What is a Trojan Virus?
Trojan viruses got their name from the Trojan horse sent into enemy territory with soldiers hidden inside. These soldiers then launched a sneak attack in the middle of the night and helped the Trojans defeat their enemy. A Trojan virus works much like this horse invaded the enemy village. These viruses sneak into someone’s computer and behave maliciously, often without the user noticing.
Is it a Virus? Is it Malware?
From the brief history overview above, you’ll see that the term “Trojan” simply means that there is something hidden within something else. A “Trojan Virus” is simply a virus that is hidden inside of a program that seems to be safe. This is just a sneaky type of malware that will usually hide or remain dormant for quite some time within a program that you trust or don’t believe contains a virus. Unfortunately, there is no telling what exactly a Trojan Virus will do once it is on your system.
Since the term is quite generic, it could be something as benign as just changing your screensaver, or it could be stealing bank login details as you type them into your browser. An important distinction here is that a “Trojan” is simply a method of delivery of something that masks its true contents. However, the term is often used interchangeably with “Trojan Virus”.
So, while a “Trojan” could be a virus, it could also be simply installing “adware” in the background (this makes you see advertisements periodically, even if you are not using the Internet, or it can make all ads you see on the Internet benefit the creator of “adware”, but it does not steal your information). “Adware” is not necessarily criminal, but it is on the “gray market” and does you no good to have it installed on your machine. There are not many times that a “Trojan” can be a good thing for the person receiving it (you). However, the creator of the Trojan will certainly benefit at your expense!
How Do Trojan Viruses Infect Your Computer?
One of the most common sources of this type of virus is through running untrusted executables on your system. These usually fall into one of two categories: something illegal, such as a “crack” for a program (a “crack” is a tool that allows you to illegally use a paid program without purchasing it), or freeware or “shareware”. This is not necessarily doing anything “wrong” or “illegal”, but obtaining free software that is an alternative to common paid software. An easy way to help avoid getting a Trojan Virus on your computer is to not download illegal programs to help you bypass purchasing a program and avoid downloading free software, especially if it comes from a source that you are not familiar with.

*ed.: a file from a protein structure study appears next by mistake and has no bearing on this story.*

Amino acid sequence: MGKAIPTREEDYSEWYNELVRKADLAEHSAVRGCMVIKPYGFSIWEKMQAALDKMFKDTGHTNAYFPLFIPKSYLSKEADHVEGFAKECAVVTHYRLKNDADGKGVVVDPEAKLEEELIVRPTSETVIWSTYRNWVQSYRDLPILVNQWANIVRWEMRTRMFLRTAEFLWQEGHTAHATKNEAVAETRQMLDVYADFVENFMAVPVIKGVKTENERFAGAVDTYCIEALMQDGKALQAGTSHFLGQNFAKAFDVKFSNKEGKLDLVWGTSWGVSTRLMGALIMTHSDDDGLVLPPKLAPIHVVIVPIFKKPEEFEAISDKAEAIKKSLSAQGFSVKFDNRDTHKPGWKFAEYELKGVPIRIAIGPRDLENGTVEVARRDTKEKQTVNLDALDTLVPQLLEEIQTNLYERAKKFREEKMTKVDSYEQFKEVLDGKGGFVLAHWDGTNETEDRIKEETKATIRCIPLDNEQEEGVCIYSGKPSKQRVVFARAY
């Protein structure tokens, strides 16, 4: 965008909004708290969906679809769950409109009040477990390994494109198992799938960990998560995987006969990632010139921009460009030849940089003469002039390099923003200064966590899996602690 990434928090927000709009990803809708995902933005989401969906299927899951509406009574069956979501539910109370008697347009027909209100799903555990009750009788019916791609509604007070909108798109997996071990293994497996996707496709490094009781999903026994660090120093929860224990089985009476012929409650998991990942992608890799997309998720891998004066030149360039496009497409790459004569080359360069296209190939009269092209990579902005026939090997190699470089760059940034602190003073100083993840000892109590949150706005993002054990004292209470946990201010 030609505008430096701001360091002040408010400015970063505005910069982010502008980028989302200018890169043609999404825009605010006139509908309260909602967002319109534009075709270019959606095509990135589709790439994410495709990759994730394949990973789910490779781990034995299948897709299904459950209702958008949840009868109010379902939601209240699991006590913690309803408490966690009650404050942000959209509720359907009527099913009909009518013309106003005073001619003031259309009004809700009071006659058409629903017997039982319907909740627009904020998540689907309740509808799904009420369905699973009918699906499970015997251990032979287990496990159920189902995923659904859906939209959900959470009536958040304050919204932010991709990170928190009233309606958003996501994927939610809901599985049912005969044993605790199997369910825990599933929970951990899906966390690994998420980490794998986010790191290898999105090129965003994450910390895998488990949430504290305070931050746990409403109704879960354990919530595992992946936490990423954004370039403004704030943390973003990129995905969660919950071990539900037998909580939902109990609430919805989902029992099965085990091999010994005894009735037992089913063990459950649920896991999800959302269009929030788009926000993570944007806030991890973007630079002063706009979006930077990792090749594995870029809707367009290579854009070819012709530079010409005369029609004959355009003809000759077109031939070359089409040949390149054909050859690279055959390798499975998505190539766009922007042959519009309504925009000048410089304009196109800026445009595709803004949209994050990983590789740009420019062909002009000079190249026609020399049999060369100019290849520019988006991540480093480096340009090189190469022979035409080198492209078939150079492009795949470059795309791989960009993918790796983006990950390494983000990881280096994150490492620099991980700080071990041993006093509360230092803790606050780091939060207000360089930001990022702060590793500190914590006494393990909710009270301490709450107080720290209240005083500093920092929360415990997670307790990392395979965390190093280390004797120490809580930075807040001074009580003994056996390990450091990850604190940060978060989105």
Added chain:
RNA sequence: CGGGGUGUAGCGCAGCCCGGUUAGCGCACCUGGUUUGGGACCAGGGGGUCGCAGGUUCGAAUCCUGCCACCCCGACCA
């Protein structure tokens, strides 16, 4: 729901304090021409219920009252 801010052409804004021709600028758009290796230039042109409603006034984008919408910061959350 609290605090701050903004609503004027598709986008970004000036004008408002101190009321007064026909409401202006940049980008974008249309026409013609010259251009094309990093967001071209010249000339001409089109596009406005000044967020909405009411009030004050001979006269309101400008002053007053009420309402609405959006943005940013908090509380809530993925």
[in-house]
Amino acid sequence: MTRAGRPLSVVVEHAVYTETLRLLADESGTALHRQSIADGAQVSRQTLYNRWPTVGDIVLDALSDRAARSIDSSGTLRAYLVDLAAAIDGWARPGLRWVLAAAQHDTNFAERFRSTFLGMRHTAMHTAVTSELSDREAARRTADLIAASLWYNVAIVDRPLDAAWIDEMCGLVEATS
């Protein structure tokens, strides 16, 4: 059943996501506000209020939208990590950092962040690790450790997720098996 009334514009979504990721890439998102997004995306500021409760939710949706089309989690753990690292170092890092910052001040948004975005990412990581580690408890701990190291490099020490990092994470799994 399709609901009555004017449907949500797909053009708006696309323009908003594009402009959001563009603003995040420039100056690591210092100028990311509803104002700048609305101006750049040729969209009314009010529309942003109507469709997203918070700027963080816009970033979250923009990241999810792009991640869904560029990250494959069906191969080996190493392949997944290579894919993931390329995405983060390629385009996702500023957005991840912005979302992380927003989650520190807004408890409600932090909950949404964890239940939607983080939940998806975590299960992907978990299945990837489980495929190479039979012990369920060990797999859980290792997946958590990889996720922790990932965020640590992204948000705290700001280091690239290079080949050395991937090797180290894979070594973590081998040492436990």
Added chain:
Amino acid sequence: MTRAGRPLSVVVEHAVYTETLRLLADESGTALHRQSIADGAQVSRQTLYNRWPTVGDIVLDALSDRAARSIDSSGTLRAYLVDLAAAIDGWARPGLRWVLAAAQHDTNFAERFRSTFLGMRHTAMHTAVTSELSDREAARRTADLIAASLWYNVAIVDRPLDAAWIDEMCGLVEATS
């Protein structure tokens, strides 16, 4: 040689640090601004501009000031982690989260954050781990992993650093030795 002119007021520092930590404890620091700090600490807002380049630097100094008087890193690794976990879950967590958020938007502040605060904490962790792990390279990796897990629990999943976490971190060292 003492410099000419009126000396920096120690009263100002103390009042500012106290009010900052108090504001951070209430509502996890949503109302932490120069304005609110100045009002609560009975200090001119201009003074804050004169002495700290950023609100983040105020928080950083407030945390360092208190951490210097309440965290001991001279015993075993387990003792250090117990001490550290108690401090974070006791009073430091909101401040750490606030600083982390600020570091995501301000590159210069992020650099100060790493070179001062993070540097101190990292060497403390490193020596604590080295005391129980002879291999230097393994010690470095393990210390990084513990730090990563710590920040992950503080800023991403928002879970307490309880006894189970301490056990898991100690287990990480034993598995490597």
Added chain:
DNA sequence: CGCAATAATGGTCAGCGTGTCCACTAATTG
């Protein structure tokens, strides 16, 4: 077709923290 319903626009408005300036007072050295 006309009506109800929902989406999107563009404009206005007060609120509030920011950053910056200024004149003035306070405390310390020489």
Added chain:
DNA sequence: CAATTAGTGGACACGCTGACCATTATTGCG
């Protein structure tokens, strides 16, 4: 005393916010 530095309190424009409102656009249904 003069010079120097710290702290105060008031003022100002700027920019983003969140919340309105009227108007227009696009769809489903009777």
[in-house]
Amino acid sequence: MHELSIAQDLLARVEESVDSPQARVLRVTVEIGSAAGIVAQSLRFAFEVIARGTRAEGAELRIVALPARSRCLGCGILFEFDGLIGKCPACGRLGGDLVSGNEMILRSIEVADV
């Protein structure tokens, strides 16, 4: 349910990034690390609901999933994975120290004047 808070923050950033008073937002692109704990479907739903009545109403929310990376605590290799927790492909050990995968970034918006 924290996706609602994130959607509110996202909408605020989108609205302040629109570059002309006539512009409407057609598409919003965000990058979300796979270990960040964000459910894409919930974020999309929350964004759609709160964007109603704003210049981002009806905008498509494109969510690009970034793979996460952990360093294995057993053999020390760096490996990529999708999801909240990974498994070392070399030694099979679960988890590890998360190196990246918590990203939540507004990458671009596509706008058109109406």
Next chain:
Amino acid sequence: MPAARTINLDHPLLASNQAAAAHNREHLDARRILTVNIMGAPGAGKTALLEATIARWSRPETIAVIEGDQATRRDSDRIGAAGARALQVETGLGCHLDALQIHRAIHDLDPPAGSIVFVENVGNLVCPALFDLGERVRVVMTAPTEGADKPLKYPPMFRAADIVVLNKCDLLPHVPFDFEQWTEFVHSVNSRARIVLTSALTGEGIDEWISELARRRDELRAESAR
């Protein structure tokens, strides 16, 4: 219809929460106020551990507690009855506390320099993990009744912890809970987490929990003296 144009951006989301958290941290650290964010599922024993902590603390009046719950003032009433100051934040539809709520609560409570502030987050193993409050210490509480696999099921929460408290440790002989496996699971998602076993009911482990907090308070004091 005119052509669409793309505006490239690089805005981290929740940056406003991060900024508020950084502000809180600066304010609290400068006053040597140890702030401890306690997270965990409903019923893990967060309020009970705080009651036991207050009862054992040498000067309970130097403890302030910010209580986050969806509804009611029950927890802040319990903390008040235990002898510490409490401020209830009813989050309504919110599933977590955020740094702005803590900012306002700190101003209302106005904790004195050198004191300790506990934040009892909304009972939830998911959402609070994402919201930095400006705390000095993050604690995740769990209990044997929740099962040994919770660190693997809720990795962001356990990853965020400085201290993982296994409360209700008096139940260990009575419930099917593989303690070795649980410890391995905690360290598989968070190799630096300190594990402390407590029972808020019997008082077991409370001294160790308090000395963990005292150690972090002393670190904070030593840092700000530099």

There is a third, but less common, way of acquiring a Trojan. This is through a “drive-by download”. This means that when you visit a website, your web browser is exploited, and software is silently installed in the background. Unlike “install wizards” that come with legitimate programs, these will typically run in a way that makes it impossible to tell it is happening. These “drive-by downloads” also fall under two categories. First, it can be on websites that seem shady or might be just a bit “off” to you. For example, websites with “free” adult content are known for doing this. Other examples are pop-up advertisements that may redirect to malicious content and forums used to discuss illegal material like pirated content.
How To Avoid Trojan Viruses
First, never install pirated software or “cracks” for software. Even if they do work, they are illegal in most countries and deprive hard-working programmers of their right to make money from their software.
Next, avoid visiting websites that have “free” adult content. In a lot of cases, you (or your personal information) are the product if you’re receiving anything for free.
Last, always make sure that all your browsers and anti-virus software are updated as often as possible.
How do Trojan Viruses work?
Knowing what threats you’re protecting yourself is vital when it comes to cybersecurity threats. While there are similarities between Trojans, there are many different characteristics and behaviors from one to the next. These similarities help create “heuristics” that anti-virus and anti-malware software use to detect and remove threats. If these programs detect an unusual download or file, they will alert you and allow you to remove the program.
Example of a Trojan Virus
Imagine that someone really wants to get a newly released PC game, but cannot afford to buy it. This person then decides to go to a popular torrent website and download a “crack” that has positive reviews. They then download a trial of the game and then run the crack and it works. The user then plays the game and forgets that they have used a crack to make the game work.
What the user doesn’t know is that the crack includes a virus that logs keystrokes to steal bank details. After a few months, the user logs into his or her online bank account to find that their account has been drained, and all of their money was sent to a foreign country.
Remember, Trojans are a real and harmful threat lurking all over the internet. However, you can prevent them from infecting your computer by following the steps we discussed earlier. Good luck, and stay safe out in cyberspace.